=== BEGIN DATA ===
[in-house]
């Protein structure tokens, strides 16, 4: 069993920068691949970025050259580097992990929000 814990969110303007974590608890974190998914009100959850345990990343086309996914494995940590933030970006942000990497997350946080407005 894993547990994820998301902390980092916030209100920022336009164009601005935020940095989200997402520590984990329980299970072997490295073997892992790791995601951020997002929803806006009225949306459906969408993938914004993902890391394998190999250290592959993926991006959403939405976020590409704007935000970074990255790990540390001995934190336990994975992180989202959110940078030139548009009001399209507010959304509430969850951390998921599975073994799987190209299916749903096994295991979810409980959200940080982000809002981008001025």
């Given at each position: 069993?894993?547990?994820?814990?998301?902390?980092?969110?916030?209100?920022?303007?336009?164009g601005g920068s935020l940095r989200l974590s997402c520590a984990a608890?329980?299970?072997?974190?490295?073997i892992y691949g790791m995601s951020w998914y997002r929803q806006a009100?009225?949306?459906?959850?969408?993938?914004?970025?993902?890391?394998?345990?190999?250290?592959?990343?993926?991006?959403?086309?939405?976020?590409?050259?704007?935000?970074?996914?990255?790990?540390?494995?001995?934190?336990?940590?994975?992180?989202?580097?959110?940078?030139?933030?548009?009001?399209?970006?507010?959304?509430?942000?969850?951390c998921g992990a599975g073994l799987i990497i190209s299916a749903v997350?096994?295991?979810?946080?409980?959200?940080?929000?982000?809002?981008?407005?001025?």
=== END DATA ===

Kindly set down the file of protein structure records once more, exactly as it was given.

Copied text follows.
[in-house]
């Protein structure tokens, strides 16, 4: 069993920068691949970025050259580097992990929000 814990969110303007974590608890974190998914009100959850345990990343086309996914494995940590933030970006942000990497997350946080407005 894993547990994820998301902390980092916030209100920022336009164009601005935020940095989200997402520590984990329980299970072997490295073997892992790791995601951020997002929803806006009225949306459906969408993938914004993902890391394998190999250290592959993926991006959403939405976020590409704007935000970074990255790990540390001995934190336990994975992180989202959110940078030139548009009001399209507010959304509430969850951390998921599975073994799987190209299916749903096994295991979810409980959200940080982000809002981008001025």
């Given at each position: 069993?894993?547990?994820?814990?998301?902390?980092?969110?916030?209100?920022?303007?336009?164009g601005g920068s935020l940095r989200l974590s997402c520590a984990a608890?329980?299970?072997?974190?490295?073997i892992y691949g790791m995601s951020w998914y997002r929803q806006a009100?009225?949306?459906?959850?969408?993938?914004?970025?993902?890391?394998?345990?190999?250290?592959?990343?993926?991006?959403?086309?939405?976020?590409?050259?704007?935000?970074?996914?990255?790990?540390?494995?001995?934190?336990?940590?994975?992180?989202?580097?959110?940078?030139?933030?548009?009001?399209?970006?507010?959304?509430?942000?969850?951390c998921g992990a599975g073994l799987i990497i190209s299916a749903v997350?096994?295991?979810?946080?409980?959200?940080?929000?982000?809002?981008?407005?001025?």